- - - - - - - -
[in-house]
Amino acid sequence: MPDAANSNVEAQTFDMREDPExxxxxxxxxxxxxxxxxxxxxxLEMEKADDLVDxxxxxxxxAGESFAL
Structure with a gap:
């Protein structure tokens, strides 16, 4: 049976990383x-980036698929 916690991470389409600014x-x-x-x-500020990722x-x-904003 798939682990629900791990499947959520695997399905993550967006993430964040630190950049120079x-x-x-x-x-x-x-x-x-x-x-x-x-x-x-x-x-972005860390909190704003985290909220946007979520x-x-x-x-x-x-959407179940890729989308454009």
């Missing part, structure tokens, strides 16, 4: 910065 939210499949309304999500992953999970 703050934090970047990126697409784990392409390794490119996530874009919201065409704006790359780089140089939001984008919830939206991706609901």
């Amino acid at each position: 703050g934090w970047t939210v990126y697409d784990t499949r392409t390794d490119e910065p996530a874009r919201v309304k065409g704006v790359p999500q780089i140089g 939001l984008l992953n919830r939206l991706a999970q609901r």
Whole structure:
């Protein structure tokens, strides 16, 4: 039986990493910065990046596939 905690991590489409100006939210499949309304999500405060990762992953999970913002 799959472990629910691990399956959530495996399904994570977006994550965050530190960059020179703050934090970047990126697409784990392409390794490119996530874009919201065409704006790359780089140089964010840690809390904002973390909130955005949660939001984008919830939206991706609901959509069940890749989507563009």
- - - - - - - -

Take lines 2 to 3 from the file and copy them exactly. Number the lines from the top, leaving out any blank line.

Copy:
Amino acid sequence: MPDAANSNVEAQTFDMREDPExxxxxxxxxxxxxxxxxxxxxxLEMEKADDLVDxxxxxxxxAGESFAL
Structure with a gap: